Dexter Rogers

Dexter Rogers

Tuesday, April 26, 2011

Cincinnati Bengals: Why Is Carson Palmer Getting a Media Pass?

Why is Cincinnati Bengals quarterback Carson Palmer is getting the royal treatment from the media?

The embattled quarterback has consistently harped he wants out of Cincinnati.  Palmer has stated if he’s not traded he’ll simply retire.

Where’s the media outcry?

Why is the story flying so far under the radar?

I will give you part of the reason: Palmer’s trade demands are not deemed serious news due to the current media composition.

According the Institute of Diversity and Ethics in Sports, 94, 88, and 89 percent respectively of the sports editors, columnists, and reporters are white.

African-Americans account for 1, 6, and 8 percent respectively of the sports editors, columnists, and reporters in sports media.

African-Americans account for 68 percent of the players in the NFL.

Facts indicate the vast majority of the sports coverage we digest comes from a white vantage point.
Clearly there is a glaring disparity between the number of African-Americans covering the NFL and those who play the game.

Point blank, if Carson Palmer were African-American I’d venture to say he’d be scrutinized more in the media.

Late last year a Q-Score rating was issued which measured the most disliked athletes in sports.  The top six most hated athletes on the list were African-American.

Palmer’s teammates Chad Ochochinco and Terrell Owens were voted in the top six.

If either Ochocinco or Owens were demanding trades do you think the story would be covered more persistently than what Palmer has experienced up to this point?

Based on Palmer’s performance last year I don’t think he’s in a position to demand anything.  Sorry to burst anyone’s bubble but Palmer is not a top-flight quarterback in the NFL.  Ever since he made the Pro-Bowl in 2005-2006, Palmer’s quarterback rating has plummeted.

The past six seasons Palmer’s passer rating is as follows:

2005: 101.1
2006.  93.1
2007.  86.7
2008.  69.0
2009.  83.6
2010.  82.4

Palmer missed 12 games of 2008 season due to a knee injury but I don’t think the injury has anything to do with his current erratic play.

I believe part of the reason Palmer’s trade demands have flown under the radar is because he belongs to a distinct and privileged fraternity in the NFL: He’s a white quarterback in the NFL.  Based on past precedence, they evade criticism when it is richly deserved.

Brett Favre and Ben Roethlisberger are the poster-boys for being placed in the media’s witness protection program.

Favre was alleged to have sent inappropriate texts to Jenn Sterger while he was a New York Jet.  There was some talk Favre would be in hot water, but I knew better.  Turns out Commissioner Roger Goodell slapped the Golden Boy on the rear, fined him $50,000 and told him to enjoy his retirement.

Roethlisberger missed four games this past season for violating the personal conduct code.  He was accused of assaulting a 20-year-old co-ed in Milledgeville, Georgia just over a year ago.

Once the dust settled, the media gave Roethlisberger the space he needed to play football and work his PR campaign.  He did not have to worry about being asked tough questions—particularly at Media Day at this years’ Super Bowl—because he was protected by the lily-white media and his celebrity status.

Interesting how Michael Vick is still scrutinized to this day for a debt to society he paid two years ago.  Unlike Favre and Roethlisberger, Vick has consistently faced the media piper and answered tough questions.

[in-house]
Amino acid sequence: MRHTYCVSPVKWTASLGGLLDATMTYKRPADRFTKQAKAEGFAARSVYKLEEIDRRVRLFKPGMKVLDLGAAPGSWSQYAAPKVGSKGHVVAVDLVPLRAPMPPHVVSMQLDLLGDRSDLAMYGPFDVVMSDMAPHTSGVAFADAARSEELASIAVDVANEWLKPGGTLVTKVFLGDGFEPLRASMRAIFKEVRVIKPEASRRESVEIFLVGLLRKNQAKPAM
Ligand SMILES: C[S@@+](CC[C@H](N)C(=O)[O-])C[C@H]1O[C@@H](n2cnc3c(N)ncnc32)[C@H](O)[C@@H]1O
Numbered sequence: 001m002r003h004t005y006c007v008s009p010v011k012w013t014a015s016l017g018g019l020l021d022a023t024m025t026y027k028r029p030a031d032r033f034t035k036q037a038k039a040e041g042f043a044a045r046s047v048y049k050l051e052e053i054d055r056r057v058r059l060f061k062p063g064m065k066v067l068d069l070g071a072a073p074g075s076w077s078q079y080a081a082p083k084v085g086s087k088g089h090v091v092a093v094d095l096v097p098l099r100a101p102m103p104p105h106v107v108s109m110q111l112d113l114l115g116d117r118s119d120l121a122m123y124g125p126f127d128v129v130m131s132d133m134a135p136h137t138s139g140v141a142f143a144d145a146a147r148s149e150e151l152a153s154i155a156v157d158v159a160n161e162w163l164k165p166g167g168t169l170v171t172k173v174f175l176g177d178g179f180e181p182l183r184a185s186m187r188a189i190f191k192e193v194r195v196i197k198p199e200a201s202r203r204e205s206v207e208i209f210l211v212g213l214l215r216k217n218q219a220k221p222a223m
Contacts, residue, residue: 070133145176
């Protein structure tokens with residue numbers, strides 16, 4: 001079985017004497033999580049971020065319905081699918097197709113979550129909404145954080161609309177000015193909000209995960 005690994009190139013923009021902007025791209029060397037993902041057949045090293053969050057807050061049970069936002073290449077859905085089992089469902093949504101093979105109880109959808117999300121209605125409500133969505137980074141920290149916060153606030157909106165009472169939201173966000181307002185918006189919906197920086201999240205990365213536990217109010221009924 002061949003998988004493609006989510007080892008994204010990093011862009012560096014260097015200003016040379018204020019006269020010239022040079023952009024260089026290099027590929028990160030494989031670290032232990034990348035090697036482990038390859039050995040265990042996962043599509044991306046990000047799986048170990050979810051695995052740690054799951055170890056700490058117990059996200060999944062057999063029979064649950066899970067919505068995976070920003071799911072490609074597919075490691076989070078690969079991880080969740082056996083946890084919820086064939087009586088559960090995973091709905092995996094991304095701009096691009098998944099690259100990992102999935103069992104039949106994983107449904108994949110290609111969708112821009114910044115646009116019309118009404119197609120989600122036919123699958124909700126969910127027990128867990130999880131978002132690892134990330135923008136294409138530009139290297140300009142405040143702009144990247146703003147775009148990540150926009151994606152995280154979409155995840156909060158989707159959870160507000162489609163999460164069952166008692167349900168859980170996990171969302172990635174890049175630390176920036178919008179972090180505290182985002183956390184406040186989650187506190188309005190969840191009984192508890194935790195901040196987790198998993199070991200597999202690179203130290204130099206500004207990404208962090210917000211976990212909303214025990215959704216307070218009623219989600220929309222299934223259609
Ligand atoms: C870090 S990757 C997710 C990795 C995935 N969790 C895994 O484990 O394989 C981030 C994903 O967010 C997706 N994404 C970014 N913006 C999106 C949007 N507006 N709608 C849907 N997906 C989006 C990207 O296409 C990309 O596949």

If Vick had a season like Palmer and asked out of Philadelphia, you think he’d receive more media coverage than Palmer?

Palmer—a self-proclaimed elite quarterback who hasn’t showed any glimpses he belongs on that tier—is being protected by the media even though he has not demonstrated he belongs in the elite club.

Ochocinco has consistently been labeled an agitator who seeks the limelight.  He’s been portrayed as a loud-mouth who can be a distraction to team chemistry.

Sound familiar?

Rest assured, if Ochocinco had been kicking and screaming this off-season about a trade there would be media rumblings with nation-wide headlines.

Ochocinco recently stated the following via his Twitter account: “I love the media, I want out few years back im disgruntled n a distraction, I was sick of losing, Carson is tired of losing its still my fault?”

Ochocinco continued, "Carson Palmer demands a trade? Last person demanded a trade in Cincy was crucified by the media n had to win the fans back, how will this go?"

Then there’s Owens.  Owens has been labeled much of his career as being a cancer to the locker-room.  More notably he’s been accused of feuding with his quarterbacks and creating unnecessary friction.

If Owens had vocally blasted the Bengals organization and asked for a trade you think he would receive more negative media coverage than Palmer?

Apparently the double-standard extends to the head coach Marvin Lewis as well.  When asked about Ochocinco’s recent rendezvous, Lewis stated, “What has he ever done that he’s completed? What circle has he connected in any way?”

I have no issue with the latter, but why hasn’t Lewis ridiculed Palmer in public for his erratic play but is quick to pull the trigger on Ochocinco?

I don’t agree with some of Ochocinco’s antics but this time I totally understand his viewpoint.  Years ago when Ochocinco wanted out of Cincinnati the media feasted on the coverage.  Now that Palmer has issued the same proclamation this story continues to go unnoticed.

Perhaps if the media was more diverse there would be more balanced coverage.

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